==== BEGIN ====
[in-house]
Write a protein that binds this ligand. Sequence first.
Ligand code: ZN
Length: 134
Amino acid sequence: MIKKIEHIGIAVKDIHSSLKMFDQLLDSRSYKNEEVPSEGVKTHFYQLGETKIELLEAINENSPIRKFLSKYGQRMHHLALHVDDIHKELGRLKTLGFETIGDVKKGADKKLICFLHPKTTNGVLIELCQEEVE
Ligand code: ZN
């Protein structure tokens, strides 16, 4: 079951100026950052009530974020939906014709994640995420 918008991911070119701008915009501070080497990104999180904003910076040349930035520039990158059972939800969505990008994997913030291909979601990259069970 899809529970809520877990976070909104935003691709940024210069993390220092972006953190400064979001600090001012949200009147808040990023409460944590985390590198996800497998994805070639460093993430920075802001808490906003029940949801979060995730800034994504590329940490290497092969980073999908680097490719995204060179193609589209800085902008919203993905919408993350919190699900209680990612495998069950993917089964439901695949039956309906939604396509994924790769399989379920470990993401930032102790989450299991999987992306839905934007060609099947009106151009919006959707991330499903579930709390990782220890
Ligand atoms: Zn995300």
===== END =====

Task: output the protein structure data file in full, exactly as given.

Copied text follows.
[in-house]
Write a protein that binds this ligand. Sequence first.
Ligand code: ZN
Length: 134
Amino acid sequence: MIKKIEHIGIAVKDIHSSLKMFDQLLDSRSYKNEEVPSEGVKTHFYQLGETKIELLEAINENSPIRKFLSKYGQRMHHLALHVDDIHKELGRLKTLGFETIGDVKKGADKKLICFLHPKTTNGVLIELCQEEVE
Ligand code: ZN
């Protein structure tokens, strides 16, 4: 079951100026950052009530974020939906014709994640995420 918008991911070119701008915009501070080497990104999180904003910076040349930035520039990158059972939800969505990008994997913030291909979601990259069970 899809529970809520877990976070909104935003691709940024210069993390220092972006953190400064979001600090001012949200009147808040990023409460944590985390590198996800497998994805070639460093993430920075802001808490906003029940949801979060995730800034994504590329940490290497092969980073999908680097490719995204060179193609589209800085902008919203993905919408993350919190699900209680990612495998069950993917089964439901695949039956309906939604396509994924790769399989379920470990993401930032102790989450299991999987992306839905934007060609099947009106151009919006959707991330499903579930709390990782220890
Ligand atoms: Zn995300």